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Sensation, Perceiving and Consciousness

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Western University
Psychology 1000
Nick Skinner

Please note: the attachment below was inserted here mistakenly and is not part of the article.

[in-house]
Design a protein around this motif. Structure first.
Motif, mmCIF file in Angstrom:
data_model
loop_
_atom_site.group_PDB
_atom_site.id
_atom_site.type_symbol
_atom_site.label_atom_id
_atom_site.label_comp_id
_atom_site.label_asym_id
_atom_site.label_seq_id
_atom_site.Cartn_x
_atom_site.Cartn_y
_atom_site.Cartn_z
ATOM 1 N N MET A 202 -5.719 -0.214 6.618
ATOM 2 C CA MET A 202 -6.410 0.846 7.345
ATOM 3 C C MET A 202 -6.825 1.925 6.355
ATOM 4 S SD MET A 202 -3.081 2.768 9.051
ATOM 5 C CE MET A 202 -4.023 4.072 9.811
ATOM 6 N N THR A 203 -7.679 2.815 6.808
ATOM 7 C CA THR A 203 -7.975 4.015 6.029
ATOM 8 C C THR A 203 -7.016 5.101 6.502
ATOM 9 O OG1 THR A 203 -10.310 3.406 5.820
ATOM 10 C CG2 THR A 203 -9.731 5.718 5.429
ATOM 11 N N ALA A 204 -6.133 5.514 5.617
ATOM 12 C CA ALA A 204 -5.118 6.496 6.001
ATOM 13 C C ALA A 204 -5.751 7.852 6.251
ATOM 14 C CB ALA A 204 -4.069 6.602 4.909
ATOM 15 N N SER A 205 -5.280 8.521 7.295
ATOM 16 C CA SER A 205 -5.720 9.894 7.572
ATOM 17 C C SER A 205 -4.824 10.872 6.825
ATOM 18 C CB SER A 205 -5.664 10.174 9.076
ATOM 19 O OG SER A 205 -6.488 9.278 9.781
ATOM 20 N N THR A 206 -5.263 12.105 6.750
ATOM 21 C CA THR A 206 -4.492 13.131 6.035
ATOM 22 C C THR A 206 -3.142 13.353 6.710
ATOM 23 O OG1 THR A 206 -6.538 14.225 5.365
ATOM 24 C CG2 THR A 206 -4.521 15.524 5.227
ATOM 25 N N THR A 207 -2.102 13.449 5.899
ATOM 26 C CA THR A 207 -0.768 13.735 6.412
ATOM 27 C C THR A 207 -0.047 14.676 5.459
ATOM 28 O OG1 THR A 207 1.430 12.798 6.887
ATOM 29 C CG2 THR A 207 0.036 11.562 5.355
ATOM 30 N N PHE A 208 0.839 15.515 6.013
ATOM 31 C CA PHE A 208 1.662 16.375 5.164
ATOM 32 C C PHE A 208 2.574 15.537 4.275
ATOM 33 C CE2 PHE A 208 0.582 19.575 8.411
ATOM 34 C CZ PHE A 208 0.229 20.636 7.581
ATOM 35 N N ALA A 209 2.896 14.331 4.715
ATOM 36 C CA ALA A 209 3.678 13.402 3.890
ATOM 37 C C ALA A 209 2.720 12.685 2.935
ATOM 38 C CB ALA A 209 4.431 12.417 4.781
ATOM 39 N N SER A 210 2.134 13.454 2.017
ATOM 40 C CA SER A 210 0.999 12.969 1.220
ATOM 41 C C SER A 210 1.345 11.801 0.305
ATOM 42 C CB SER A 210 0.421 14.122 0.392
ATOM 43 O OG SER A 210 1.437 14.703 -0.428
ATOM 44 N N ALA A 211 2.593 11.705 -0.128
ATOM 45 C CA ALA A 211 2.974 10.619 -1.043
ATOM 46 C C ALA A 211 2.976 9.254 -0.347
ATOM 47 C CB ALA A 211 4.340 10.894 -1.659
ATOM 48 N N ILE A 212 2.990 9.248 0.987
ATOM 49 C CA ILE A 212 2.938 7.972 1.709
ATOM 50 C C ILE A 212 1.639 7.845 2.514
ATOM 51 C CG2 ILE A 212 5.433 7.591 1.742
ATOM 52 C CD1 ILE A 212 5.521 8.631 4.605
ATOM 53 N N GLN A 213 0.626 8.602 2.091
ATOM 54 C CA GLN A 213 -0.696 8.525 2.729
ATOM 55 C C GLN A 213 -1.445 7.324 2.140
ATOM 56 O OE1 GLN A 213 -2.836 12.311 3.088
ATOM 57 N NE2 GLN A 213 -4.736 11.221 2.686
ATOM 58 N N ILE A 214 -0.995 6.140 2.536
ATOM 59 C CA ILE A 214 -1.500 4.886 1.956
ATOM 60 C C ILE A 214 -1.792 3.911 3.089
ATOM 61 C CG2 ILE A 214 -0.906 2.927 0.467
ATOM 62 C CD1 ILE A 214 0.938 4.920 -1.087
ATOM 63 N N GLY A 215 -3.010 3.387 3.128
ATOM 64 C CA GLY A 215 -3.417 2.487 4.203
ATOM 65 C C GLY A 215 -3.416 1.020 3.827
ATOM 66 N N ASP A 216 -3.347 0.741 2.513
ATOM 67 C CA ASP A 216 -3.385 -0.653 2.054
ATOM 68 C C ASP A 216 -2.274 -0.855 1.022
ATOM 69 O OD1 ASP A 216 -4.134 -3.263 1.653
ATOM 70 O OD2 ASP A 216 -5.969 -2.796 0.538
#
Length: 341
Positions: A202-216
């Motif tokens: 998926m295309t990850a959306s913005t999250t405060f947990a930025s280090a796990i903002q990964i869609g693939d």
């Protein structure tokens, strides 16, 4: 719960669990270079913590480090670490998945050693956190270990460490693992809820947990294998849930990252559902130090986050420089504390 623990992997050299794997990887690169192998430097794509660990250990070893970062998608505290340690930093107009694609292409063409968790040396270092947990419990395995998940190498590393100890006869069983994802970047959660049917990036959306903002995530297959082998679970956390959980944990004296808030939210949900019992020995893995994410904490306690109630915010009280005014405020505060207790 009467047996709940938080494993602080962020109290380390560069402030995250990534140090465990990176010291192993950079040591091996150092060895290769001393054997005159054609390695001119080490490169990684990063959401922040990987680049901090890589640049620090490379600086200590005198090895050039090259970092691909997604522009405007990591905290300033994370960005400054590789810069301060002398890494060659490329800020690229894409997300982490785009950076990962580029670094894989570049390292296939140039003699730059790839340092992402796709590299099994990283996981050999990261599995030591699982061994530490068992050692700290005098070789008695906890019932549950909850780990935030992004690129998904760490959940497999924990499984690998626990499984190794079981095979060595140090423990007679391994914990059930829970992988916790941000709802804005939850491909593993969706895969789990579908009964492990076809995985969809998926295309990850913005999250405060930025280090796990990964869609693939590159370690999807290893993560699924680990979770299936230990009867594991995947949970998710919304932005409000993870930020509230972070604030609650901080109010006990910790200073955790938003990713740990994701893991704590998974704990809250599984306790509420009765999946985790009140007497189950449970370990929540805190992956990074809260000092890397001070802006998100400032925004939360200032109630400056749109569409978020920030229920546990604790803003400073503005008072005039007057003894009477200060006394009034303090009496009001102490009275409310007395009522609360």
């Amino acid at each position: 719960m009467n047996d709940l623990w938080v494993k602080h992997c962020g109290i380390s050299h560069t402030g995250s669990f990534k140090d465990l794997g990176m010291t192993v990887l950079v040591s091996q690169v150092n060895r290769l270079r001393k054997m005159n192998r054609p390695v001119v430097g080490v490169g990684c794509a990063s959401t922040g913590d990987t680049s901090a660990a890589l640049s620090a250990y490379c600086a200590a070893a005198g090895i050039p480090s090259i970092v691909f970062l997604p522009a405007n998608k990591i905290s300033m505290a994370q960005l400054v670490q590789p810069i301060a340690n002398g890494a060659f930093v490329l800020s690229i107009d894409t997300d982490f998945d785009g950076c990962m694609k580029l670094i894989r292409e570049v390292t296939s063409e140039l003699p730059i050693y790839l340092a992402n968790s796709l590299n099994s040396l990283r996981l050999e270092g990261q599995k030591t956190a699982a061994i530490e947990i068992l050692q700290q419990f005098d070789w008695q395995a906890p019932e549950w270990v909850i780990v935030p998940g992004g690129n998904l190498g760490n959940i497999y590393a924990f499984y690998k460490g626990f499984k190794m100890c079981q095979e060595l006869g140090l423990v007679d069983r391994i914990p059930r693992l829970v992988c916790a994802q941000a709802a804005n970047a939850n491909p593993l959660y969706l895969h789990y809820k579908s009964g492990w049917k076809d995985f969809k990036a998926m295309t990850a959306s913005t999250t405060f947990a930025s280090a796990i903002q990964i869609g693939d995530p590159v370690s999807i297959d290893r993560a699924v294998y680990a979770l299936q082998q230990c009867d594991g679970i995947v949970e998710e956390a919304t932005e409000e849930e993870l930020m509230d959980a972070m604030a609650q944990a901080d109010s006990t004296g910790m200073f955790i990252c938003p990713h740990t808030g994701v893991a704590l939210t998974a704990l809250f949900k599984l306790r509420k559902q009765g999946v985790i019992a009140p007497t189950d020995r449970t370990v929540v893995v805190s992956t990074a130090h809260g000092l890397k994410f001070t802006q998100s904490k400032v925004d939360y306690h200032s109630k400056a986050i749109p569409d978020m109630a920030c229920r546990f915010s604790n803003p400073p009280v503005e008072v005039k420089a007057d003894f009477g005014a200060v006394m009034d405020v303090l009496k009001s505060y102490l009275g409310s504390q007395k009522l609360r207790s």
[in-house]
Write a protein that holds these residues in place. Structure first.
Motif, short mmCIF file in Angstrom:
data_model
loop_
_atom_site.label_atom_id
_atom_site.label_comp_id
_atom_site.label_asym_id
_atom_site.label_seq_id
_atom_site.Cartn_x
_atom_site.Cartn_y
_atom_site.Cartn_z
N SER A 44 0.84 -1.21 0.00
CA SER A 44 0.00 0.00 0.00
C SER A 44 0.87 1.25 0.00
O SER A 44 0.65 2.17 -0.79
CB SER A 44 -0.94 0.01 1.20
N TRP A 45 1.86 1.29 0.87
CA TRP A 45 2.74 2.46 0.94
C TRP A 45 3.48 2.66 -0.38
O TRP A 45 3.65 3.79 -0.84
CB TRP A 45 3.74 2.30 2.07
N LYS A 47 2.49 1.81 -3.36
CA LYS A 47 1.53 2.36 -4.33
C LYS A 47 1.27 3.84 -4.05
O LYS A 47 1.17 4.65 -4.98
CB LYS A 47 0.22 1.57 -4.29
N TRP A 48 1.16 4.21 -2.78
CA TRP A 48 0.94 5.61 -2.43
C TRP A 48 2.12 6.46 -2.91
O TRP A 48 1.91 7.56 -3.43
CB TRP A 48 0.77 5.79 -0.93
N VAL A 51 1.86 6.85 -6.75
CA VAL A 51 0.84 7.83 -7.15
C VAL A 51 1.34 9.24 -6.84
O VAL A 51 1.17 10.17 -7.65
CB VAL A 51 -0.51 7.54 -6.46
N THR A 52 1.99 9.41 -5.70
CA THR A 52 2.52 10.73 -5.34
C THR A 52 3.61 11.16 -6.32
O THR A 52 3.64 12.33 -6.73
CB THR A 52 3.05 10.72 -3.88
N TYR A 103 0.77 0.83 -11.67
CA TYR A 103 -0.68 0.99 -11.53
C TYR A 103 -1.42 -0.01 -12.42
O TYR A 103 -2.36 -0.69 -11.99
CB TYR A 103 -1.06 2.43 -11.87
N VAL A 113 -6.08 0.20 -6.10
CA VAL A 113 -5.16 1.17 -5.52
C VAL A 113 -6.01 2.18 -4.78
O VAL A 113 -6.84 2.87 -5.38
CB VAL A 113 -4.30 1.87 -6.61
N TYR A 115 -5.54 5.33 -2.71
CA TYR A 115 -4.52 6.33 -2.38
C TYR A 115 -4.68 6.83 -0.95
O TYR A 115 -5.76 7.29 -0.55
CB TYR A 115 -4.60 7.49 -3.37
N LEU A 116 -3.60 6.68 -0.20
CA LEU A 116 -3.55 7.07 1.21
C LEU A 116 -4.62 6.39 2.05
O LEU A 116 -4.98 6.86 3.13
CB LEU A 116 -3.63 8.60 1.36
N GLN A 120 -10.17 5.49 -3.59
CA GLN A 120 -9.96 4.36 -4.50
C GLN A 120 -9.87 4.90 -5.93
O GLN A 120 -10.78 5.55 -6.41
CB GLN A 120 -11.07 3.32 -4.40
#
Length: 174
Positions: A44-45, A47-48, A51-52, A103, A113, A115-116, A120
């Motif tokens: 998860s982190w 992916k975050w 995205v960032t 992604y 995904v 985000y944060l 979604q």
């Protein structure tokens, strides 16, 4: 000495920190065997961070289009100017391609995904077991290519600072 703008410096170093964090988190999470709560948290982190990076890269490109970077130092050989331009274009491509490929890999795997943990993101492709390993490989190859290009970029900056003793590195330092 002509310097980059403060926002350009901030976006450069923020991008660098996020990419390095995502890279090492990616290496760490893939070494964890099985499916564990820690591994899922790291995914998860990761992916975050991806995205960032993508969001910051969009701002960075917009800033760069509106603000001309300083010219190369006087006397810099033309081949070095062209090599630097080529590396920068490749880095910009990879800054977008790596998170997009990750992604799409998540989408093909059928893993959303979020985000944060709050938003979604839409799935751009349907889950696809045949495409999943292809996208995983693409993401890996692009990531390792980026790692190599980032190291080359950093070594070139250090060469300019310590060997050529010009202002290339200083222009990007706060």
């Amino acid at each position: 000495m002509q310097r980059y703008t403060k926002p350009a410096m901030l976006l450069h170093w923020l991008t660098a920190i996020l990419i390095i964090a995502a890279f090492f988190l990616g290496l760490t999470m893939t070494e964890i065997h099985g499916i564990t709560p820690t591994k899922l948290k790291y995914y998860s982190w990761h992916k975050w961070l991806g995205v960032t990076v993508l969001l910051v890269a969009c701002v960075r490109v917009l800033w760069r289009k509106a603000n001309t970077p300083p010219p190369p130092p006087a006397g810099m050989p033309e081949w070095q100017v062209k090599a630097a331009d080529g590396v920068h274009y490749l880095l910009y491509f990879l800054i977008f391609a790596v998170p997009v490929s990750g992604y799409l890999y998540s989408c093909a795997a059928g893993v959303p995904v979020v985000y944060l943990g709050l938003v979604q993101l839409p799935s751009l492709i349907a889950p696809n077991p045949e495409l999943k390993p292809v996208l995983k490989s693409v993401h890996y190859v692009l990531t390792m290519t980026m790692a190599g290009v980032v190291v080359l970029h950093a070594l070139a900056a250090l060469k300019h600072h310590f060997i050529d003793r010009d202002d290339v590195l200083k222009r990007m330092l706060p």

David Molnar October 18, 2011 Psychology 1000 - Sensation, Perceiving, and Consciousness 1. Intro 2. The Senses 3. Psychophysics 4. Perceptual Stability Extrasensory Perception: set of phenomena called “PSI”, divided into ESP and psychokinesis. ESP divided into telepathy, clairvoyance and precognition. Psychokinesis is the ability to make things happen in the environment. (P. 232-) - The fact that different species have different reactions to stimulation. and the fact that different organisms within species have different reactions to stimulation, make it difficult for us to make general statements about sensory efficiency or capacity and sensory acuity. - We are woefully poor at describing our sensations. - “Its sort of like a toothache in my stomach” - The sub science of psychophysics is what we use to deal with these problems. (P. 196-) - Psychophysics: the sensory consequences of controlled physical stimulation. “We hope to be able to compare and make statements about humans senses.” - Threshold: the minimum detectable stimulus intensity. - Absolute Threshold: stimulus intensity detectable on 50% of its presentations. Not a constant value but changes from person to person and situation to situation. - Difference Threshold: What is the smallest difference between stimuli that we can detect. The minimum detectable change in stimulus intensity. The “just noticeable difference JND” Standard Stimulus Rest Stimulus Weber’s Law (1843): [delta]I/I = K (Weber’s Constant) For every stimulus, there is some constant percentage of stimulus intensity that must b
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